9. I've seen pictures of those lines. I'm not interested in standing in a line right next to a bunch of strangers coughing on each other right now. Good on them for letting the seniors in early though.
  10. Not using a PID (currently figuring out the TTT) but I ran my Akorn for a couple of years with zero mods. Recently had to seal the top since I kept melting O-rings, so I used some RTV and noticed a serious difference in stability and low temp holding without fire snuffing. It seems any sealing mods seem to accomplish improved stability and flow control. I find that as long as the middle/bottom of the fire is laid with big chunks of charcoal and wood with a central channel and the little bits are scattered out to the sides they don't seem to matter; heck most of the time they won't even catch unless I'm high-temp wokking or something. If all the charcoal you have is gravel then it might be a problem.
  11. Kinda wish I had a Restaurant Depot membership now to see if they're better stocked, especially with restaurants being hit pretty hard right now.
  12. Picked up another brisket today; stores may be out of TP and canned soup but plenty of stuff you need to cook, which is a sad commentary in itself. Will work on it this week and see if I can duplicate the problem or if it was a one-off. Also cleaned off a fair bit of gunk from the TTT in detergent and water so there shouldn't be any risk of sticking.
  13. Do you mean the weird temp drop after adding the protein? If you could describe it I'd appreciate it. I'm in contact with the manufacturer and they're trying to help me figure out what's going on so some triangulation may help. Thanks.
  14. Chamber temp measured using a grate level probe; I set it at least 2" away from the protein and still over the diffuser. I would say probe position might be a thing to consider except this is how I've always placed probes and haven't encountered a temp change like this before when adding briskets between 12 and 20 lbs straight from the fridge. Next time I'll check the exhaust temp; good idea. 15-25 degree swings is fine with me. Without a TTT I set for 250 expecting 225-275 swings. This was the most surprising thing; I expect a climb at the end normally, but not so drastic. Without the TTT the spikes I get are from opening the lid for wrapping/replacing and the resulting increased burning surface area. In this case I could observe the TTT valve opening and closing to increase combustion while the ambient temperature did not change.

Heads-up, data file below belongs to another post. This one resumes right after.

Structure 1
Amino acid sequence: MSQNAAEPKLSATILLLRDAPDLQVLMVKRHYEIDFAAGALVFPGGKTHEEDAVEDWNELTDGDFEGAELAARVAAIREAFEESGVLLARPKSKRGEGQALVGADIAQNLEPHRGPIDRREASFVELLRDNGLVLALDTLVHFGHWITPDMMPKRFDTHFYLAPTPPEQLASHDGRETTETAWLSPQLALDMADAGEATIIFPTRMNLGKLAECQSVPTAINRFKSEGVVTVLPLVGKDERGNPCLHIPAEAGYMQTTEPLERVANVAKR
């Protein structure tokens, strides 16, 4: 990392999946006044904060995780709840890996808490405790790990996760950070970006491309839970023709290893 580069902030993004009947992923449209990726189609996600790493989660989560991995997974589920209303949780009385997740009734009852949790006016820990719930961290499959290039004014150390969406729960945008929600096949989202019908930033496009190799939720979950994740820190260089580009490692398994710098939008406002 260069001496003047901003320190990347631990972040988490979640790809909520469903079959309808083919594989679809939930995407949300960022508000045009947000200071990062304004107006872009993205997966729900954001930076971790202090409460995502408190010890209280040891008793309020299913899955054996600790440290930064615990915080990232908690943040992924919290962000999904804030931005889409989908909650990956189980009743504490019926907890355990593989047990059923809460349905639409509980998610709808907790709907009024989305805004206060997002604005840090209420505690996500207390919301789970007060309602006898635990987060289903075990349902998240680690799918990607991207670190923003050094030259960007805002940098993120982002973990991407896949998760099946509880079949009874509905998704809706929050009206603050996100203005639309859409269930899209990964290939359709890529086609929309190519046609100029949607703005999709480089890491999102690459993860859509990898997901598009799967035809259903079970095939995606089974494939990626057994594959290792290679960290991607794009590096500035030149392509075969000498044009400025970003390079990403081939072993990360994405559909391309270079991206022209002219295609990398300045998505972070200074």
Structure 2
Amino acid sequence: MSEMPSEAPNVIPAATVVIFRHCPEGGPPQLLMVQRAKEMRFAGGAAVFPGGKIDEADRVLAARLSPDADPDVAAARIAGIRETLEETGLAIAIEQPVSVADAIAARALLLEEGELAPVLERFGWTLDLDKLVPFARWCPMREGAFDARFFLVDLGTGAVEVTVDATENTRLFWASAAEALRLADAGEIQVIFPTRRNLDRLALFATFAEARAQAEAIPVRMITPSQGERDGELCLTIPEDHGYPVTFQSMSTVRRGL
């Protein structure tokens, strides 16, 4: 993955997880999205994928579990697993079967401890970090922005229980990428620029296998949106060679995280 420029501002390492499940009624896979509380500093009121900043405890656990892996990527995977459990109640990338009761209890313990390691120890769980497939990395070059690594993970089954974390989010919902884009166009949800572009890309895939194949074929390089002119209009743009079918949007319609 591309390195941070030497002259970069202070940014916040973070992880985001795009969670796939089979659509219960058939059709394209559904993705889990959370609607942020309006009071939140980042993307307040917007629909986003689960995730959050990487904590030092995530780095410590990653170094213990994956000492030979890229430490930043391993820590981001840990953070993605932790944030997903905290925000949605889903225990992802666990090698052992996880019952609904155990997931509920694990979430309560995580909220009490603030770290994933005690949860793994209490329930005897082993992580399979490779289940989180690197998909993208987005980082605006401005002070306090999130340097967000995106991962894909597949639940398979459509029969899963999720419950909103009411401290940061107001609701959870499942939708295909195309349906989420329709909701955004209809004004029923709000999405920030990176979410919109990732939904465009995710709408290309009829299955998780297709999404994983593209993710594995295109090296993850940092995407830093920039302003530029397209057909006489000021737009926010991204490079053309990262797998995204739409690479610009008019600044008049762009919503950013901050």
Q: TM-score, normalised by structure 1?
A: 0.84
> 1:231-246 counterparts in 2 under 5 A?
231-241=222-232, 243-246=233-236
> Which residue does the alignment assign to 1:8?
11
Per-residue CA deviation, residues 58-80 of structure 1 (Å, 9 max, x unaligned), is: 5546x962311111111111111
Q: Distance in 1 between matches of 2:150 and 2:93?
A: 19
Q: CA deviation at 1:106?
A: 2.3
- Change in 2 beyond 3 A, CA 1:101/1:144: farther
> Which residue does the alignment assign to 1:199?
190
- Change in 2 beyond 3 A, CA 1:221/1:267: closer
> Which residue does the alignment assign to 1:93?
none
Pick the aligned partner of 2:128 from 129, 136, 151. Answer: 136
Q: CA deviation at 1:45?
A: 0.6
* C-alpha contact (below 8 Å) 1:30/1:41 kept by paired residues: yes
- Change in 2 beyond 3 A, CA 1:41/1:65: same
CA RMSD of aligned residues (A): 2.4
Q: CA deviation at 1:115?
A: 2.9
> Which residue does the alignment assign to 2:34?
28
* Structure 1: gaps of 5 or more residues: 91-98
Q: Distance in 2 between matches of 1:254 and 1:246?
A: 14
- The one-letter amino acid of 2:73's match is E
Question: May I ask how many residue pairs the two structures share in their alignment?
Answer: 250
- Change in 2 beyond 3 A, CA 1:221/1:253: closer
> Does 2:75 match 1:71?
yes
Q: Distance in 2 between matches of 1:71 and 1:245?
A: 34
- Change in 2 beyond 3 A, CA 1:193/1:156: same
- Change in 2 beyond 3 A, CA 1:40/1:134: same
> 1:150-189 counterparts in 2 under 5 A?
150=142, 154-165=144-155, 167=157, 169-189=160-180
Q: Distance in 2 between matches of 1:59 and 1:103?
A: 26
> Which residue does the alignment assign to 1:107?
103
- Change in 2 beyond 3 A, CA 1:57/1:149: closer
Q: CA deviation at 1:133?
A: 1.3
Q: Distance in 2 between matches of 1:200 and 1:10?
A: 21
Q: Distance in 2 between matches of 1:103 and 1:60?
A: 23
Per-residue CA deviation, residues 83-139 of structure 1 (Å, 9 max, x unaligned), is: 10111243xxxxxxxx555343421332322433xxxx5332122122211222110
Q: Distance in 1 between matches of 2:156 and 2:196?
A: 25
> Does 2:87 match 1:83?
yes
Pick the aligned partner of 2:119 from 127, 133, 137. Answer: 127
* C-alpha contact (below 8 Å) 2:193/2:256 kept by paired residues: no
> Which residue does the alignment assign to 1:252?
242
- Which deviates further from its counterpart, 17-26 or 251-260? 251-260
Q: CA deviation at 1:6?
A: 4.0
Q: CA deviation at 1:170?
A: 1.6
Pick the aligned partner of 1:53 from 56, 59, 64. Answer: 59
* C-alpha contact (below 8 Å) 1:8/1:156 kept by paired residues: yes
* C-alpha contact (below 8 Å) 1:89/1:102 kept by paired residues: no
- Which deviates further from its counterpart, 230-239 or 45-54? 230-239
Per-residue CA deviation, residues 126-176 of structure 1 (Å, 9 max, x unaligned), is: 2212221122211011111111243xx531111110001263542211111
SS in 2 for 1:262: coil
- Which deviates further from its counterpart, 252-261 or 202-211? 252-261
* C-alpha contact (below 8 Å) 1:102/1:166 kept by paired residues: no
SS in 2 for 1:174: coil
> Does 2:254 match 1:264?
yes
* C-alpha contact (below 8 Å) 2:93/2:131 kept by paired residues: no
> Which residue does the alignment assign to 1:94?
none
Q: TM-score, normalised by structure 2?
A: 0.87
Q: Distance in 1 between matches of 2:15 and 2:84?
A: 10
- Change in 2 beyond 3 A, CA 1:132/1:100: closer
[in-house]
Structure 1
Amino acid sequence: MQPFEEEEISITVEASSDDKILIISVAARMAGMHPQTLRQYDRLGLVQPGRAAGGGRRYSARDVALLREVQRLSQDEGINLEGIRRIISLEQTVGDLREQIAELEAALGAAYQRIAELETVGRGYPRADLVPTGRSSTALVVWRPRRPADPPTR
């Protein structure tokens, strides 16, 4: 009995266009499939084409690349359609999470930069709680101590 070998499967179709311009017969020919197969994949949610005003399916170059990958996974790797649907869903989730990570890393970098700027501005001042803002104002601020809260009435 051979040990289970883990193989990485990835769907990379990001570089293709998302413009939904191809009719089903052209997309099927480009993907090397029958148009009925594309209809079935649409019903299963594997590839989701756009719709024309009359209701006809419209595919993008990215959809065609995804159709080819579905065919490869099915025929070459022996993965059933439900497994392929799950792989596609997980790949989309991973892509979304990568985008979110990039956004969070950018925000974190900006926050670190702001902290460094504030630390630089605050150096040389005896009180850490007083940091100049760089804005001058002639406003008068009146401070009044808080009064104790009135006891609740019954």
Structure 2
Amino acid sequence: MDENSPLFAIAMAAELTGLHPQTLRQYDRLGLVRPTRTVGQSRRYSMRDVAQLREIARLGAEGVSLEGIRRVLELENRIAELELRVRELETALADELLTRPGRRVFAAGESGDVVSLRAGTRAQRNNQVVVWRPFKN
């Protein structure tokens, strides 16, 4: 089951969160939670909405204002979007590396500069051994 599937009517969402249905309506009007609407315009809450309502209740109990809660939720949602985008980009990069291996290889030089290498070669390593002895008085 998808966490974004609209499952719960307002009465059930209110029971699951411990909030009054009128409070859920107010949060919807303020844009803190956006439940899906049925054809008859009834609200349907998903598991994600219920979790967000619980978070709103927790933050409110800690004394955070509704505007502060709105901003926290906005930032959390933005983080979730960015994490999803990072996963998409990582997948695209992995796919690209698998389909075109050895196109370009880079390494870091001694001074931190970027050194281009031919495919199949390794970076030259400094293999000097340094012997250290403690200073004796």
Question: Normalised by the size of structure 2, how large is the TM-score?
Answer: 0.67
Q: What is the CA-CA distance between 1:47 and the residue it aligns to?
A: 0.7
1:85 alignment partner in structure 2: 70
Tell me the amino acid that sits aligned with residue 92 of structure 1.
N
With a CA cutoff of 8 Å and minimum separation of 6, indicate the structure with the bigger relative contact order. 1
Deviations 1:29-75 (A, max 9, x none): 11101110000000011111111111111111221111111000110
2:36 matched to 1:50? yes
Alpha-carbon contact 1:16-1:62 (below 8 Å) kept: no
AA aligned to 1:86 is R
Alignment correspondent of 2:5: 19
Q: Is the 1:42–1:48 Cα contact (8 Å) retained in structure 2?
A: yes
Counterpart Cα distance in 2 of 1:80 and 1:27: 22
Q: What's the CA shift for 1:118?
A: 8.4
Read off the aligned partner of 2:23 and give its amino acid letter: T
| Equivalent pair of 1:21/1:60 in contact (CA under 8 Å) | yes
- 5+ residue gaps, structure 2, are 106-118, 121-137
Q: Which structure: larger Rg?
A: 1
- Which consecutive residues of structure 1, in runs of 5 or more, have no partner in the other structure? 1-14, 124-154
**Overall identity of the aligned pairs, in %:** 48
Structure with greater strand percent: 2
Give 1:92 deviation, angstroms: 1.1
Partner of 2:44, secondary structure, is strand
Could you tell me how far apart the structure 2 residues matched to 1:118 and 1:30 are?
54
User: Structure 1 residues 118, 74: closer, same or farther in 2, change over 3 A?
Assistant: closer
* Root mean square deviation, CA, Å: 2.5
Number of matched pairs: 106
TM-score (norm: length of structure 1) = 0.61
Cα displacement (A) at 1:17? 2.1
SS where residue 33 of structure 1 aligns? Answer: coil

15. Liking it a little less now, but still experimenting... Checked the burn pattern from the previous smoke. I had filled up the chamber and put about 8 chunks of post oak and apple in the bottom. For that 12 hour-ish smoke I figure I'd used about 20% of the available fuel and only caught 3 chunks of wood. For the next cook I moved all the wood toward the center of the charcoal grate so they'd all catch. I got another brisket and overnighted again. This one came in at about 16 pounds pre-trim (the last one was 12.5). Stabilized at 250 empty then added the meat. This time the chamber temp dropped to 180; I went out and looked and saw that the valve was closed. This sorta jibes with the temp drop the first time, but it doesn't make any sense since if the chamber temp went down because of the thermal mass of the meat, the valve should in theory open more to achieve a bigger delta between the interior and exterior. In any case I had to fiddle with it to hold around 250. EDIT: Rethinking this the math actually works out to the TTT trying to re-establish the same delta between ambient and chamber; I meant a bigger delta between the ambient and the new chamber temperature. The next day as the meat and the exterior heated up the targeted temperature kept climbing, to over 300F. I had to adjust it to keep it under control, which defeats the purpose of the device. It's possible the device is getting punked by the temperature of the exterior shell as the sun goes away and comes back, but it's more likely that there's some sort of recalibration happening when a large thermal mass is added. It might also just not work as well on heavily insulated cookers as opposed to Weber kettles, which is what the thing was designed for in the first place.
×
×
  • Create New...